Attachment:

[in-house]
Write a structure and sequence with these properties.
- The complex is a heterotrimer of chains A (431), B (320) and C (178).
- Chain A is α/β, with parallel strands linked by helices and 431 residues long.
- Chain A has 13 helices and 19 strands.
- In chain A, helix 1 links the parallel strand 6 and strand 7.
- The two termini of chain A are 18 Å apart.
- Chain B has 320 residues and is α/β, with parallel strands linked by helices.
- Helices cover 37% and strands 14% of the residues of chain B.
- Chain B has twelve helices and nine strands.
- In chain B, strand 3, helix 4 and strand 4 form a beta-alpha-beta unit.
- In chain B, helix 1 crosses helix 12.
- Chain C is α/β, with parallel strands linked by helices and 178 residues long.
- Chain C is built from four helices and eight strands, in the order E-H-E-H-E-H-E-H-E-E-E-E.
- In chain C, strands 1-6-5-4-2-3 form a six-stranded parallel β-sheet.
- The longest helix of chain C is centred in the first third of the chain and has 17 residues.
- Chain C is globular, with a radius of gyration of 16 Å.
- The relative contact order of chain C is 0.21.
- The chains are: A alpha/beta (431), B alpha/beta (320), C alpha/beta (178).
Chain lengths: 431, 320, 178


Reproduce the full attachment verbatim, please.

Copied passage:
[in-house]
Write a structure and sequence with these properties.
- The complex is a heterotrimer of chains A (431), B (320) and C (178).
- Chain A is α/β, with parallel strands linked by helices and 431 residues long.
- Chain A has 13 helices and 19 strands.
- In chain A, helix 1 links the parallel strand 6 and strand 7.
- The two termini of chain A are 18 Å apart.
- Chain B has 320 residues and is α/β, with parallel strands linked by helices.
- Helices cover 37% and strands 14% of the residues of chain B.
- Chain B has twelve helices and nine strands.
- In chain B, strand 3, helix 4 and strand 4 form a beta-alpha-beta unit.
- In chain B, helix 1 crosses helix 12.
- Chain C is α/β, with parallel strands linked by helices and 178 residues long.
- Chain C is built from four helices and eight strands, in the order E-H-E-H-E-H-E-H-E-E-E-E.
- In chain C, strands 1-6-5-4-2-3 form a six-stranded parallel β-sheet.
- The longest helix of chain C is centred in the first third of the chain and has 17 residues.
- Chain C is globular, with a radius of gyration of 16 Å.
- The relative contact order of chain C is 0.21.
- The chains are: A alpha/beta (431), B alpha/beta (320), C alpha/beta (178).
Chain lengths: 431, 320, 178